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Start Right in Your Next Job—Introducing Yourself to Your New Co-workers

Published on: Aug 19, 2022

Start Right in Your Next Job—Introducing Yourself to Your New Co-workers

 Is there anything more excitingand awkwardthan the first day on a new job? The exciting part is easy to understand, especially for residents and fellows moving into their first non-training position. Years of school and specialized education have paid off, and the new career is finally launching. This is not only exciting, it’s momentous.

But yes, also awkward, for all the obvious reasons. Who do you report to, and where? Is there a locker for your gear? How about the restrooms and the cafeteria? And…uh-oh…what was that colleague’s name? Can’t…quite…see the name badge…

With luck, and a good HR person, a lot of these questions will be handled in an onboarding process; if not, there’s likely to be a friendly co-worker to give you a tour and clue you in on the basics. So that covers the logistics of the new job, but what about the people? How will you introduce yourself and get to know the other professionals you’ll be working with?

If this worries you a little, you’re in good company. Pretty much everyone worries about making the right impression with new colleagues, even if this isn’t the first job post-training. For those who consider themselves to be introverts, the worries can intensify, leading to some sleepless nights while thinking about how to start on the right foot.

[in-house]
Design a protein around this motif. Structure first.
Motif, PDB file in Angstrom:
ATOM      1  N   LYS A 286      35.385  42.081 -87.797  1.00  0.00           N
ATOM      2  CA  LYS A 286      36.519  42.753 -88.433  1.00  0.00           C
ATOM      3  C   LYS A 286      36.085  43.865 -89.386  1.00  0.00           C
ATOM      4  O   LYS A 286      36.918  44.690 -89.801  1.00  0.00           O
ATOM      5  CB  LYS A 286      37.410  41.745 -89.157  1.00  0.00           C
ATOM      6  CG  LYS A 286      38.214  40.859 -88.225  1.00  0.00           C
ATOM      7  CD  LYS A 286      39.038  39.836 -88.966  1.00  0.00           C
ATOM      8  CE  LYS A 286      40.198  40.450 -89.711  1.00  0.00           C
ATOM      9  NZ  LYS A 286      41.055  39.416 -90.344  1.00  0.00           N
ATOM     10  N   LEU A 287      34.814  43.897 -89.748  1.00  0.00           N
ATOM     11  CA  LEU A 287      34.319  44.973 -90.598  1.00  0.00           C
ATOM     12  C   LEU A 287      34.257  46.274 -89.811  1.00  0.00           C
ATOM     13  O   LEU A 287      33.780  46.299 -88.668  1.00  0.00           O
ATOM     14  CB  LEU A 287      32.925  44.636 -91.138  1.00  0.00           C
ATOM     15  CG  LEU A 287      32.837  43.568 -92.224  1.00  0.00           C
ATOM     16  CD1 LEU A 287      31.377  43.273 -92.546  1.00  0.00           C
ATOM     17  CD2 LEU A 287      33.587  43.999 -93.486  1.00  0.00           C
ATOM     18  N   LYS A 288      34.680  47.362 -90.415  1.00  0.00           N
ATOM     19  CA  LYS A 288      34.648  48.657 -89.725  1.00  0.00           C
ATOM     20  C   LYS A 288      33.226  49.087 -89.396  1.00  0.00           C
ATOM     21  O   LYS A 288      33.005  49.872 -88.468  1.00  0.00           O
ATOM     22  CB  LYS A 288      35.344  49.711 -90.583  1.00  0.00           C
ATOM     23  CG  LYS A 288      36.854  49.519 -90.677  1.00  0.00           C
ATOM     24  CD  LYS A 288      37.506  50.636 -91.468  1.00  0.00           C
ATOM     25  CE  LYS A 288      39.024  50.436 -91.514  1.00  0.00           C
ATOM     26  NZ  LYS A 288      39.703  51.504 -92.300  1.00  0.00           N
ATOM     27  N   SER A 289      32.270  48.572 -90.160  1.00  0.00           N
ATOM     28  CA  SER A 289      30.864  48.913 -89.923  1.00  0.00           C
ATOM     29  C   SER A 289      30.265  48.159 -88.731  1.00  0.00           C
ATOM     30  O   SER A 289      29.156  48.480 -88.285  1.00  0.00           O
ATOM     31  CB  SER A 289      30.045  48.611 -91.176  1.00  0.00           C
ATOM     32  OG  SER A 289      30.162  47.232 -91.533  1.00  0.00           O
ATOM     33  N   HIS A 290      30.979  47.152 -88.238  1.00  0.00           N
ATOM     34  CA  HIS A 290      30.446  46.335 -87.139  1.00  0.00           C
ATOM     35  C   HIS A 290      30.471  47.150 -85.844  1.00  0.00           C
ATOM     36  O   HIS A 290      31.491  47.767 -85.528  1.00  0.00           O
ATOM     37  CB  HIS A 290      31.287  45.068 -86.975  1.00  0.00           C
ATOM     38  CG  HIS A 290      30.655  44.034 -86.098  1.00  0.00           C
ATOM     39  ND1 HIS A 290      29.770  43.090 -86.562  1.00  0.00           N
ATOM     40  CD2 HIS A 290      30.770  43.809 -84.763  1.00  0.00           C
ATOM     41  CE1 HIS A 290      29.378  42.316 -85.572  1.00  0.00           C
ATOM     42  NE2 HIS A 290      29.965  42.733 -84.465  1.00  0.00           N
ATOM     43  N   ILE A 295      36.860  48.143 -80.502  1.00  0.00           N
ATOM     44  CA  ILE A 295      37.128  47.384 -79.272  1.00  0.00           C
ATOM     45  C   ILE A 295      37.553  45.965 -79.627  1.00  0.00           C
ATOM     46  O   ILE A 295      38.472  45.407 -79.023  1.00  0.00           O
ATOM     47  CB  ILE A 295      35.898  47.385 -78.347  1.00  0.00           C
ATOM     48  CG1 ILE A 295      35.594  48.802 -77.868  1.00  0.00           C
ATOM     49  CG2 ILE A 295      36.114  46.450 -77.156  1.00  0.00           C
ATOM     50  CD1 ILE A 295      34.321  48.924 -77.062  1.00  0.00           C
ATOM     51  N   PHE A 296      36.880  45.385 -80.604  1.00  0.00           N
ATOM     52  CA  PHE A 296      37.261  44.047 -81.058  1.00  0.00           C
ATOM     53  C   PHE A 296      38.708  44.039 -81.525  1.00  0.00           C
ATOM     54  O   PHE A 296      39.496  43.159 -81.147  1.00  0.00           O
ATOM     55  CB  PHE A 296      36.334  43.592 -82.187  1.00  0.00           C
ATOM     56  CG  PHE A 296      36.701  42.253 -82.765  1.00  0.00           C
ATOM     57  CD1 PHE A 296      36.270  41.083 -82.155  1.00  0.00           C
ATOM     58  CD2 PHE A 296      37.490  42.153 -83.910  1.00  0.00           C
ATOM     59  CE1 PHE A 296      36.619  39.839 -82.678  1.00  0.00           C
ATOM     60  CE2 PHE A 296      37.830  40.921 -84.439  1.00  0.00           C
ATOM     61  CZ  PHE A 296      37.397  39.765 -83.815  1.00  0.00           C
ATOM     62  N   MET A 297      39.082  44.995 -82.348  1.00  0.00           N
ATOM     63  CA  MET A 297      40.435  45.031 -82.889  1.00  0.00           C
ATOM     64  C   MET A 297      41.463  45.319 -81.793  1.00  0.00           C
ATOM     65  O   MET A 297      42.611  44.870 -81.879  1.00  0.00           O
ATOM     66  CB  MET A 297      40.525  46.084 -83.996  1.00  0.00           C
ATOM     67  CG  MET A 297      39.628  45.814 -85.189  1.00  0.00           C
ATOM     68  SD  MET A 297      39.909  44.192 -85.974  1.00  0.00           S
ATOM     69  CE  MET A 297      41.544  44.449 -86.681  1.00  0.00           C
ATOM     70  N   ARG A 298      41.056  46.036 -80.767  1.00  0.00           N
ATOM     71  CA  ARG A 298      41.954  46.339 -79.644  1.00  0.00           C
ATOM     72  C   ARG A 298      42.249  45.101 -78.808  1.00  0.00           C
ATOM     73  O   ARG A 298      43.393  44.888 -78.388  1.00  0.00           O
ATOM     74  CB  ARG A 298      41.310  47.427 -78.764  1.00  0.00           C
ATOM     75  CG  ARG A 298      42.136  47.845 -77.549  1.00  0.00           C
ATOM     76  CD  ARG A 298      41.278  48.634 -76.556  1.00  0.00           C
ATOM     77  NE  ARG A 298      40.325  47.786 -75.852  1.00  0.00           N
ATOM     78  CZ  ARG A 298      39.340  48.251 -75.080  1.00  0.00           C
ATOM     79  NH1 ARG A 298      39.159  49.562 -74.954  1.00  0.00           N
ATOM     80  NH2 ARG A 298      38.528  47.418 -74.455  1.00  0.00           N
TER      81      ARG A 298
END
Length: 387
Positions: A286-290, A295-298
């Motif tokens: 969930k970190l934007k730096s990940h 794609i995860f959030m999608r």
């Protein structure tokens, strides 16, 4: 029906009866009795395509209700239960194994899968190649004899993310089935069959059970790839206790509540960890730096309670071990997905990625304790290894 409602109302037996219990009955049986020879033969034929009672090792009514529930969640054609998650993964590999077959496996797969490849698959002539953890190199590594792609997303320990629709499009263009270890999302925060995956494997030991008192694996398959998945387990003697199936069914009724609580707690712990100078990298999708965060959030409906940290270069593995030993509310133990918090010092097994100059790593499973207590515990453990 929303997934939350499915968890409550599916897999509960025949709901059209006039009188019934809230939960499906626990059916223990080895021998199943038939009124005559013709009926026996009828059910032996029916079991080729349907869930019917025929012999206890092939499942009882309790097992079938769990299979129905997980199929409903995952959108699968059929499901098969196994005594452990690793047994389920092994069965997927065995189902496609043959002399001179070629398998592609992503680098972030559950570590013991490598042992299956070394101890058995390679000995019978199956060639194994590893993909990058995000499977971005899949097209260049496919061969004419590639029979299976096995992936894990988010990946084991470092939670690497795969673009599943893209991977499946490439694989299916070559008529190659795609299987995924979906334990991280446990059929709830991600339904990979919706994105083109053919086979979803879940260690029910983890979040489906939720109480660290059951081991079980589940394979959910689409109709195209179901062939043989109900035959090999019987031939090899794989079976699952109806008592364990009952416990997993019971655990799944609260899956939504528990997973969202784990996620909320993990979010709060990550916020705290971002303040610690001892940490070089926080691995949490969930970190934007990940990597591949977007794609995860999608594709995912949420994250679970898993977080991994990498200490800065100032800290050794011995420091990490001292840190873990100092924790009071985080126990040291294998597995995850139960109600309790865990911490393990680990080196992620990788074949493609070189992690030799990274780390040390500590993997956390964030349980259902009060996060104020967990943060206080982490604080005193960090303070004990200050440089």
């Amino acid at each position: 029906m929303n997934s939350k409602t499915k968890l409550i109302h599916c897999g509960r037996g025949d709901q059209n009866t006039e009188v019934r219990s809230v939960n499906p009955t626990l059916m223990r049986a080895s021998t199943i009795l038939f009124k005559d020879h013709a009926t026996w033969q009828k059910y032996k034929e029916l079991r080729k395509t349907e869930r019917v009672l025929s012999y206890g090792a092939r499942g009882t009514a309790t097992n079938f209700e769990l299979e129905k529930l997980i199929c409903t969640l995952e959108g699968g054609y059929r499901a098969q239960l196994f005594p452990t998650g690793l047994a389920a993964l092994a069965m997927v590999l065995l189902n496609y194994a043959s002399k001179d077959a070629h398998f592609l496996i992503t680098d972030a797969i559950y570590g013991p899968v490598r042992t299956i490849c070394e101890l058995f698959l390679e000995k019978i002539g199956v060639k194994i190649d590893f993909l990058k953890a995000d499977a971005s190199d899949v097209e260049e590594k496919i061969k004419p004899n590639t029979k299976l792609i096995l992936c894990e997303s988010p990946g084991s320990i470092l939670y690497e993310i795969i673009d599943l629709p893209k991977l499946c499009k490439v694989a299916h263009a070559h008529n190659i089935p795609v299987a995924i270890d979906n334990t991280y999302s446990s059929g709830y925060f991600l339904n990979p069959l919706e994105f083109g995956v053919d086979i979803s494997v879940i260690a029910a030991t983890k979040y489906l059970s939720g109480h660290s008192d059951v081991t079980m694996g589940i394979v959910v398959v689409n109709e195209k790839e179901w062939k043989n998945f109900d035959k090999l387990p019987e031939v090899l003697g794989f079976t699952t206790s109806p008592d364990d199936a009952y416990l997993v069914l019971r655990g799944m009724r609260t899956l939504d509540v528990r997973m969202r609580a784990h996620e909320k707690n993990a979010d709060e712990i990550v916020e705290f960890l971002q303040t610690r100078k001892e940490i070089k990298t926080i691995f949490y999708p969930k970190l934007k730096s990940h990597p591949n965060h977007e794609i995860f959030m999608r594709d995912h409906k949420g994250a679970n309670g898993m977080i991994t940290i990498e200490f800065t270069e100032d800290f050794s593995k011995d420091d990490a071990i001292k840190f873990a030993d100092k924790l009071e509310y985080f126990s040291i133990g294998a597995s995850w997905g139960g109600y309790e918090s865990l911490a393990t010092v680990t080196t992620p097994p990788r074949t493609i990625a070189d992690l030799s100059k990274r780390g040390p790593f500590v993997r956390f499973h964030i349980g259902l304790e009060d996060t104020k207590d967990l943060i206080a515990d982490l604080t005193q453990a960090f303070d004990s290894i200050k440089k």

Introvert or extrovert, you’ll sleep better if you have a strategy for the first few weeks in your new position.  The following tips will give you something to consider as you get ready.


Talk with your physician recruiter. With so much focus on the hiring process, basic logistical information can get lost. Now’s a good time to email your questions or schedule a call with someone in the human resources department who can explain such things as where to park, who to check in with, what paperwork will still be needed, etc.

Ask for an organization chart. When you connect with your physician recruiter, ask for an org chart or a staff directory, or any other resource to help you get familiar with names and faces. If none exist, you might be able to find similar information on the web site, in the form of staff bios.


Arrive a little early. Not only will you be more relaxed by not having to rush, but you’ll have more time for brief chats as you meet people.

Wear your name badge. Assuming you’re assigned a badge of some sort, try to wear it in plain sight, to help others see and learn your name.

Talk to the front desk staff. As much as the direct care providers, the people at the front desk are your new colleagues. They’re also the ones who make life easier for you as a new employee. Commit to learning their names and to greeting each person every dayyou’ll be amazed at how much better your work life will be when others feel respected by you.

Don’t assume people know you’re new. With so many places using locums physicians and traveling nurses, there are a lot of new faces on the floor. Just because someone doesn’t recognize you doesn’t mean they’ll realize you’re new. Get in the habit of introducing yourself to avoid misunderstandings.


Talk to everyone. In your first days on the job, you’ll be focused on meeting your team. But by the second or third week, it’s time to get curious about the other people making your workplace hum. That might mean other doctors, advanced practice professionals, back office staff, vendors, or anyone else you encounter in your day.